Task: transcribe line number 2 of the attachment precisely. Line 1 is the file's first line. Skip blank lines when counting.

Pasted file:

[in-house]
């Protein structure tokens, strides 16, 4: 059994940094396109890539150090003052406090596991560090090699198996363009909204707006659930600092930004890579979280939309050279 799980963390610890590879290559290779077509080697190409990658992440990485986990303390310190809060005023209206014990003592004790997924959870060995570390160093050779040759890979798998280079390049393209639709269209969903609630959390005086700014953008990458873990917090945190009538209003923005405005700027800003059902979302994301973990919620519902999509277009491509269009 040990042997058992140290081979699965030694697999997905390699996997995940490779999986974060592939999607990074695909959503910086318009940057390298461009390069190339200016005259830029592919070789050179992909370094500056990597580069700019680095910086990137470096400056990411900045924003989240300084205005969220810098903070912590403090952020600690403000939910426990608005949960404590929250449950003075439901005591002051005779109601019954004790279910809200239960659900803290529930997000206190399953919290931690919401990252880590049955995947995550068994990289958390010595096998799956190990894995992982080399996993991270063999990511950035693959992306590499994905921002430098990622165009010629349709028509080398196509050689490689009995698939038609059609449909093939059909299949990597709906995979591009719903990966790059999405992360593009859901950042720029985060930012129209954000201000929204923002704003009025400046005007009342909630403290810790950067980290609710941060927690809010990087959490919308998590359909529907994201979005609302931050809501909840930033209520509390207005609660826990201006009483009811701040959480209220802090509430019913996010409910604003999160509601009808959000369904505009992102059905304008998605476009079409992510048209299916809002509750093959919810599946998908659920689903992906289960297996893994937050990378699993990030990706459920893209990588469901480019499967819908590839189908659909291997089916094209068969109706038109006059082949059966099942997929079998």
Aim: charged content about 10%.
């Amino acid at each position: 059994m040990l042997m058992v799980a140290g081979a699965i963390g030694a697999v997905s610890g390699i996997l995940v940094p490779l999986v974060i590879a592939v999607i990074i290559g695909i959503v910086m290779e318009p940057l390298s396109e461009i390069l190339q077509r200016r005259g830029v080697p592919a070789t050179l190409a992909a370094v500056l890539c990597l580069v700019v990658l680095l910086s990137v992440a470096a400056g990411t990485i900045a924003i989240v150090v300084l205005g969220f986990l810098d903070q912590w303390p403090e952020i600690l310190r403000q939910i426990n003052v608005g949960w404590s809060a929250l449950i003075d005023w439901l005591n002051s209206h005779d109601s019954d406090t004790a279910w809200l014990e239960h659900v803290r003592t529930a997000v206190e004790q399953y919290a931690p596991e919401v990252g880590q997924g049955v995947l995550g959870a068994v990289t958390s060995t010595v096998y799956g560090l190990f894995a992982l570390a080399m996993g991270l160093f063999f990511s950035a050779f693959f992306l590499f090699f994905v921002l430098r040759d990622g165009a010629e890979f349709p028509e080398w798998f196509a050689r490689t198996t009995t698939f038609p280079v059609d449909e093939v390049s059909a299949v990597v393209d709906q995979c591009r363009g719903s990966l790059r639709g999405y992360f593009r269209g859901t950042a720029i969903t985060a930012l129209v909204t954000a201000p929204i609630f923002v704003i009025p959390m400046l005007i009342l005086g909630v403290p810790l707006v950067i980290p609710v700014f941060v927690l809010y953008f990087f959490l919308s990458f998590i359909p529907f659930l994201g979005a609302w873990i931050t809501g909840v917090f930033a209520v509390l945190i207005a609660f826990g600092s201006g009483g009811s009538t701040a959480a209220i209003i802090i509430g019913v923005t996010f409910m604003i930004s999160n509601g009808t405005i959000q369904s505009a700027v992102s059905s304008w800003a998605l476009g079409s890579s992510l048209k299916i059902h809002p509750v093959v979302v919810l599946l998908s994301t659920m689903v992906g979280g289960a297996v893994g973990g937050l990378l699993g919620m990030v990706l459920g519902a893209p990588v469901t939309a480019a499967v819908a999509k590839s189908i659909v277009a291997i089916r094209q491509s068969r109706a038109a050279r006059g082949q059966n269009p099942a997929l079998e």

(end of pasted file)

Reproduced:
């Protein structure tokens, strides 16, 4: 059994940094396109890539150090003052406090596991560090090699198996363009909204707006659930600092930004890579979280939309050279 799980963390610890590879290559290779077509080697190409990658992440990485986990303390310190809060005023209206014990003592004790997924959870060995570390160093050779040759890979798998280079390049393209639709269209969903609630959390005086700014953008990458873990917090945190009538209003923005405005700027800003059902979302994301973990919620519902999509277009491509269009 040990042997058992140290081979699965030694697999997905390699996997995940490779999986974060592939999607990074695909959503910086318009940057390298461009390069190339200016005259830029592919070789050179992909370094500056990597580069700019680095910086990137470096400056990411900045924003989240300084205005969220810098903070912590403090952020600690403000939910426990608005949960404590929250449950003075439901005591002051005779109601019954004790279910809200239960659900803290529930997000206190399953919290931690919401990252880590049955995947995550068994990289958390010595096998799956190990894995992982080399996993991270063999990511950035693959992306590499994905921002430098990622165009010629349709028509080398196509050689490689009995698939038609059609449909093939059909299949990597709906995979591009719903990966790059999405992360593009859901950042720029985060930012129209954000201000929204923002704003009025400046005007009342909630403290810790950067980290609710941060927690809010990087959490919308998590359909529907994201979005609302931050809501909840930033209520509390207005609660826990201006009483009811701040959480209220802090509430019913996010409910604003999160509601009808959000369904505009992102059905304008998605476009079409992510048209299916809002509750093959919810599946998908659920689903992906289960297996893994937050990378699993990030990706459920893209990588469901480019499967819908590839189908659909291997089916094209068969109706038109006059082949059966099942997929079998």